One thing for certain on Friday is that a South American team and a European team will secure their spots in the World Cup semifinals.
A pair of 22-year-old forwards who have been among the stand-out players of the tournament go head-to-head when Neymar's Brazil takes on a James Rodriguez-inspired Colombia team that has won all four of its games so far. The host nation is relying on Neymar to deliver again, and keep Brazil on course for a sixth World Cup title.
Germany and France have had some memorable meetings in World Cup matches, and both are former champions. The current French team is vastly less experienced than Germany, which has reached at least the semifinals of each major competition since the 2008 European Championships. France is rebuilding and has not reached any semifinal since its run to the 2006 World Cup final, but is showing glimpses of great promise in Brazil.
What to watch on Friday:
BRAZIL vs. COLOMBIA
Brazil has had an unexpectedly difficult start to the tournament, while Colombia has been a convincing winner in its first four matches and has tallied 11 goals so far — second only to the Netherlands.
Brazil narrowly avoided elimination in the second round, edging Chile in a penalty shootout. Colombia beat Uruguay 2-0 to reach the quarterfinals for the first time. The Brazilians have reached the quarterfinals in six consecutive World Cups, but were eliminated at this stage in the last two and only go into this game as slight favorites due to home-ground advantage.
"It's normal to have people demanding that we play better," Brazil coach Luiz Felipe Scolari said. "But it's also normal what we have been seeing in this World Cup so far."
Colombia playmaker James Rodriguez has played an important role in the attack, scoring a tournament-leading five goals and creating many opportunities.
"We're very happy because we are making history," he said. "We want to do even more because this is a team that really wants to win."
Colombia has beaten Brazil only twice — the last time in the 1991 Copa America — but the teams have drawn the last four matches they played.
Neymar has scored half of Brazil's eight goals so far and is the key player for the host nation. He hurt is right knee in the Chile match, but team medical staff say he'll be fit to play.
Colombia coach Jose Pekerman has all of his players available, but Scolari will be forced to make changes due to the suspension of defensive midfielder Luiz Gustavo. Veteran striker Fred has been struggling so far in the tournament and may lose his place in the starting lineup.
Scolari said the attacking style Colombia will bring to the match should suit his Brazilian lineup, and expects it to unlock more opportunities. Colombia fullback Camilo Zuniga, who will have an important job in trying to contain Neymar, said Pekerman had "helped us believe in ourselves ... He drilled into our heads that a Colombian with the ball should have fun, that he shouldn't have to play with pressure."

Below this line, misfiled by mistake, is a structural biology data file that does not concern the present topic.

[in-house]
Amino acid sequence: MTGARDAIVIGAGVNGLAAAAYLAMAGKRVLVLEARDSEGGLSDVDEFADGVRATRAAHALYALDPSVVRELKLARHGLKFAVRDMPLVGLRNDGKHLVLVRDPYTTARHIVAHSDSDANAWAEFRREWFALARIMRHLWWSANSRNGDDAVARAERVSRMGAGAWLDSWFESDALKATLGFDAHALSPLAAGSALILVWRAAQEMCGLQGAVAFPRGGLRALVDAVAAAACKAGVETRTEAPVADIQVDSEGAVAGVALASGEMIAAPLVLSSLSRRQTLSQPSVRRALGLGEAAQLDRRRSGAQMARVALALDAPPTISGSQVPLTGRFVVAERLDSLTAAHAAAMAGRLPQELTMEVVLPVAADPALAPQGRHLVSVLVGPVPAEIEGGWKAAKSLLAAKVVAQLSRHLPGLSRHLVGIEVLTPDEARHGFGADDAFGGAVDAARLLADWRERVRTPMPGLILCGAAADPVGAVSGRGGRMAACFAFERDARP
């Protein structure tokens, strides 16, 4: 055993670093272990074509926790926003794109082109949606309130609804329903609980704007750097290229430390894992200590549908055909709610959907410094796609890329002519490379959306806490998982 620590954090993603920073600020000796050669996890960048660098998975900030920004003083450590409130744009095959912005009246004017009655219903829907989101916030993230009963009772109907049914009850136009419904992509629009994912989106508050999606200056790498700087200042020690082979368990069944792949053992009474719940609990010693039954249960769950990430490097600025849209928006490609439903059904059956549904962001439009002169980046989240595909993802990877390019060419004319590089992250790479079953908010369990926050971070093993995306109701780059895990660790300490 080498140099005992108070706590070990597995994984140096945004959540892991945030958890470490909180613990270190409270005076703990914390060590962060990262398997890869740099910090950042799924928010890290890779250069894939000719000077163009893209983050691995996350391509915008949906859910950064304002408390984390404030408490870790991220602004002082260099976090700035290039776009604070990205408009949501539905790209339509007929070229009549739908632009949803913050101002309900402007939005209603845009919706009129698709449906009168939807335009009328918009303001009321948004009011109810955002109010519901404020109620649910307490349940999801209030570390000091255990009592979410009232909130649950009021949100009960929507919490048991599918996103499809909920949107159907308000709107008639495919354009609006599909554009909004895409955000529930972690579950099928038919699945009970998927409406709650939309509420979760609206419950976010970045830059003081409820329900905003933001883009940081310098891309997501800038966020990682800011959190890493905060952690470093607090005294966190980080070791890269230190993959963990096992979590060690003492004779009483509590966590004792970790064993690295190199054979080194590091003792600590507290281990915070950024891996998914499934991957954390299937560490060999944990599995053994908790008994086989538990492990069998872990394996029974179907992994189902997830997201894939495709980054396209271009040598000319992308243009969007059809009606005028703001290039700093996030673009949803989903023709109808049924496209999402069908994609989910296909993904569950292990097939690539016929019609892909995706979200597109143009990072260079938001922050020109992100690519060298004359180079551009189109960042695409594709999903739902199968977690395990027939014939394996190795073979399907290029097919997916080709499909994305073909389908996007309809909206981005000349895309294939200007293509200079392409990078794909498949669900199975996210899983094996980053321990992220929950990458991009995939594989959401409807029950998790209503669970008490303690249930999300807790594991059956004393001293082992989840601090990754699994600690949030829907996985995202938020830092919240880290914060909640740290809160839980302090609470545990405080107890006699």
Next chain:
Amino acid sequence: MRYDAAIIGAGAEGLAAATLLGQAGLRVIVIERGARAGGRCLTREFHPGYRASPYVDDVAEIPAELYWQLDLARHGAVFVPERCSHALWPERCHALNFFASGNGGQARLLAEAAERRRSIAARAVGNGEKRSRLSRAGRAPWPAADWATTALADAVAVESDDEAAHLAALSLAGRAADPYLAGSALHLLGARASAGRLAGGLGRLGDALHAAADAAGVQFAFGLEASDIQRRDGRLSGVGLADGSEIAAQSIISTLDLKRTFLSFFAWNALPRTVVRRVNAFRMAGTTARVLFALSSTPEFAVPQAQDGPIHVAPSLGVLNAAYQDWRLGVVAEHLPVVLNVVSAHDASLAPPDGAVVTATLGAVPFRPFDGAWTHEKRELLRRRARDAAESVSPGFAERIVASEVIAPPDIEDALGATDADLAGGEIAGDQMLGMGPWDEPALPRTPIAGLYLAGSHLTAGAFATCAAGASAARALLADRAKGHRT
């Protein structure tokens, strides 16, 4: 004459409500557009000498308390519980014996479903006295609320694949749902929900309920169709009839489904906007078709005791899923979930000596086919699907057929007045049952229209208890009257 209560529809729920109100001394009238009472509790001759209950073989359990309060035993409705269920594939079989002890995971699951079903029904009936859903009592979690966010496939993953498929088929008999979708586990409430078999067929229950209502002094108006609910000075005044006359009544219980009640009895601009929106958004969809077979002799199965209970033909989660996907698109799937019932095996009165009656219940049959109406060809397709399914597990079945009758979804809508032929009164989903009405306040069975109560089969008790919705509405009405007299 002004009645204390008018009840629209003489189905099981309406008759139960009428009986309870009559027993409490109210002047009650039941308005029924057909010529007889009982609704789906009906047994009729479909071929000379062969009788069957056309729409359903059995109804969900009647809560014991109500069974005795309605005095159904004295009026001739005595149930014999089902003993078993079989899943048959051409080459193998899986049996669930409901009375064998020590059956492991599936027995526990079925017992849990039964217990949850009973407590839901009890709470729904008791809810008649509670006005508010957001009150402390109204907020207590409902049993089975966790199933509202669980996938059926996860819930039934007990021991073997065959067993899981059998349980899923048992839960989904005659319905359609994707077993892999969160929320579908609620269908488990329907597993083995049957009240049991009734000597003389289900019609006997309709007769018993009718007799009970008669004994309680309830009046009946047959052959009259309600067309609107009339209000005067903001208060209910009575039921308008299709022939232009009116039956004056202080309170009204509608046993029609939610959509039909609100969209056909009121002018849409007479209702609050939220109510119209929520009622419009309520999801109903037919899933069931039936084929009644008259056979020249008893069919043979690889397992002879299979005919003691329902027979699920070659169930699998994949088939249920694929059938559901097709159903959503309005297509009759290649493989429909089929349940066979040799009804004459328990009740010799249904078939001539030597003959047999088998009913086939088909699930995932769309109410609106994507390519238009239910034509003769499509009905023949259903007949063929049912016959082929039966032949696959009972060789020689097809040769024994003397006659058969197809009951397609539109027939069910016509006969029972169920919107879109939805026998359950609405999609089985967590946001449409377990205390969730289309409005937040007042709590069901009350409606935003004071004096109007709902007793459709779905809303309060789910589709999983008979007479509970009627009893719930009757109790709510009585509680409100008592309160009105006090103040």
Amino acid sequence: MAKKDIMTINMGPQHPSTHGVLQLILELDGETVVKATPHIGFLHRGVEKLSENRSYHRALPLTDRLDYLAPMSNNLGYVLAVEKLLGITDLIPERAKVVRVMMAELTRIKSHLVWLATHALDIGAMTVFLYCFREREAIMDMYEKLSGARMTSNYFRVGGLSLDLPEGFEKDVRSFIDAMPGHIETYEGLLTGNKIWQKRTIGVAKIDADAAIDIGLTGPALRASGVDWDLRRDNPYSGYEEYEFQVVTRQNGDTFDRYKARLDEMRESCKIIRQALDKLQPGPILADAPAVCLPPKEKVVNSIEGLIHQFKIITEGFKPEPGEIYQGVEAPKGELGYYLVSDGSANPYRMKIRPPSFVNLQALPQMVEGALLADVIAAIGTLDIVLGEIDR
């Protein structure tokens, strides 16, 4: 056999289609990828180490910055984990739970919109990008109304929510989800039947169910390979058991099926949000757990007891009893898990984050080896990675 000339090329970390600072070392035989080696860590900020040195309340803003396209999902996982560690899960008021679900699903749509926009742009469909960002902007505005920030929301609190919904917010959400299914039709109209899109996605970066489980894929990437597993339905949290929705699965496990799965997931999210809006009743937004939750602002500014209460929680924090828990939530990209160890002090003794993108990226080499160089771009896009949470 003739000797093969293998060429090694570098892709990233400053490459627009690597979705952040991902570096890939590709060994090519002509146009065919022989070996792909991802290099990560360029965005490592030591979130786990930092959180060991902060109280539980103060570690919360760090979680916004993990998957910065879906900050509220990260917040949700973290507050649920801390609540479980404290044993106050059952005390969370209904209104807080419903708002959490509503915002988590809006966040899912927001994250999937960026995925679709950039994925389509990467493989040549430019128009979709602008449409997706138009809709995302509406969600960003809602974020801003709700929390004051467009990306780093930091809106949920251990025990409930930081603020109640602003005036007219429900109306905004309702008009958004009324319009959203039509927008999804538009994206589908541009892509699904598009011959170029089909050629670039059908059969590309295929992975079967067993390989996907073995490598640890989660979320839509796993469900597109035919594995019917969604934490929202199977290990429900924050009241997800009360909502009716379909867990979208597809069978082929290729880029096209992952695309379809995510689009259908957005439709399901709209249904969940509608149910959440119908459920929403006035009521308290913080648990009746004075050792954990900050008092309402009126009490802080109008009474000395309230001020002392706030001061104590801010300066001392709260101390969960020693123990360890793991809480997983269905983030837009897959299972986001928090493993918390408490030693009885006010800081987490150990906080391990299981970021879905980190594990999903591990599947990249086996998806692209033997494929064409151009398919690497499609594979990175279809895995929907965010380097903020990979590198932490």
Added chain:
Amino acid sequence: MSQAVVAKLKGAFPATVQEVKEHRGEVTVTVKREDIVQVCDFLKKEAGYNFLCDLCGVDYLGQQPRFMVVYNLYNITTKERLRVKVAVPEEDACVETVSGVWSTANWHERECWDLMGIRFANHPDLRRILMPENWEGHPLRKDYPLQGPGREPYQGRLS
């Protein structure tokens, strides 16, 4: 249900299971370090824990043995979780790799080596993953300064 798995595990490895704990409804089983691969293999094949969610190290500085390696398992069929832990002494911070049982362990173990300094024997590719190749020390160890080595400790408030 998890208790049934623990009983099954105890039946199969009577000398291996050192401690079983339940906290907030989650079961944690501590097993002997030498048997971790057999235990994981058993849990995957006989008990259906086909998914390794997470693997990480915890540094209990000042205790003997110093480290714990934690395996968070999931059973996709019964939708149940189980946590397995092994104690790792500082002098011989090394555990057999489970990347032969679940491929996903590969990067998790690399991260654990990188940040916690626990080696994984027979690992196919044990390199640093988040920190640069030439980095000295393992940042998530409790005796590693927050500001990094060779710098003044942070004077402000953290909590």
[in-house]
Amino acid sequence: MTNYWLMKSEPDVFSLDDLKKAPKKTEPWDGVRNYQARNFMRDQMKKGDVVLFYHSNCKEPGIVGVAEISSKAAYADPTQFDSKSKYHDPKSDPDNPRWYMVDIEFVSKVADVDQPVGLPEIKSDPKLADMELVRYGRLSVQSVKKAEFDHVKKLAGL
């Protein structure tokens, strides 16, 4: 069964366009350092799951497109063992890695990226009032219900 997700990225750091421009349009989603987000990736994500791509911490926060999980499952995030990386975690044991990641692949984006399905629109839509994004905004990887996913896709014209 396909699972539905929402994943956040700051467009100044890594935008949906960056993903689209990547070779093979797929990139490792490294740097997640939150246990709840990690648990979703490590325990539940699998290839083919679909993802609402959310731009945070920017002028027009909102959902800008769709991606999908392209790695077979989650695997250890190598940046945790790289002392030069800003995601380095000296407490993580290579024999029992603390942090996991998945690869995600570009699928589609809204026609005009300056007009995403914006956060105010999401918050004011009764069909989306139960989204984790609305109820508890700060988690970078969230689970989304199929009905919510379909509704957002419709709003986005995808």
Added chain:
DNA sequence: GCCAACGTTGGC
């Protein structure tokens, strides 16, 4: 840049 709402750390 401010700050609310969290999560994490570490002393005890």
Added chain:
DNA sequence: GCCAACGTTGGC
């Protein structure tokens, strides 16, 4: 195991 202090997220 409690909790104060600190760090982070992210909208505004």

Venue: Fortaleza. Kickoff 5 p.m. local time (4 p.m. in New York, 9 p.m. London, 5 a.m. Tokyo)
GERMANY vs. FRANCE
The Maracana is where both teams hope to shake off uninspiring second-round wins that exposed some frailties.
Contesting a quarterfinal for the ninth straight World Cup, the Germans will start as slight favorites because of their experience but with doubts surrounding a slow, porous defense that was breached repeatedly in the 2-1 extra-time victory over Algeria on Monday.
Goalkeeper Manuel Neuer was forced to play a sweeper role to ensure Joachim Loew's lineup avoided a shocking defeat to the Algerians.
The French left it late against Nigeria, scoring twice in the last 11 minutes to win 2-0 in a gritty performance that didn't live up to the attacking exhibitions they put on in the group stage.
Germany opened with a 4-0 victory over Portugal that immediately put them near the top of contenders for the title, but hasn't reproduced anything close to being that clinical since.
Defense undoubtedly is Loew's chief concern, although the probable return of Mats Hummels at center back after illness will make up for the loss of Shkodran Mustafi for the rest of the tournament with a left hamstring injury. On the eve of the match, Loew said seven of his players had been struggling with sore throats and illness, but he predicted all would be available for selection.
Veteran Germany striker Miroslav Klose may get another chance to break the World Cup scoring record of 15 goals that he shares with Brazil great Ronaldo. Klose is likely to start on the bench behind Thomas Mueller.
There may be a change in the center of France's defense, with Mamadou Sakho available again after a hamstring problem. There's also speculation over who will partner with Karim Benzema in attack, with Olivier Giroud and Antoine Griezmann in consideration.
Any time France and Germany meet, memories are revived of their famous clash in the World Cup semifinals in 1982 when West Germany came from 3-1 down to draw 3-3 and win the shootout. In that game, West Germany goalkeeper Toni Schumacher rushed out of his area and broke the jaw of Patrick Battiston with a feet-first tackle that was not punished.
West Germany also beat France 2-0 in the 1986 World Cup semifinals, but France has won four of its six matches since German reunification in 1990.
Venue: Rio de Janeiro. Kickoff 1 p.m. local time (noon in New York, 5 p.m. London, 1 a.m. Tokyo)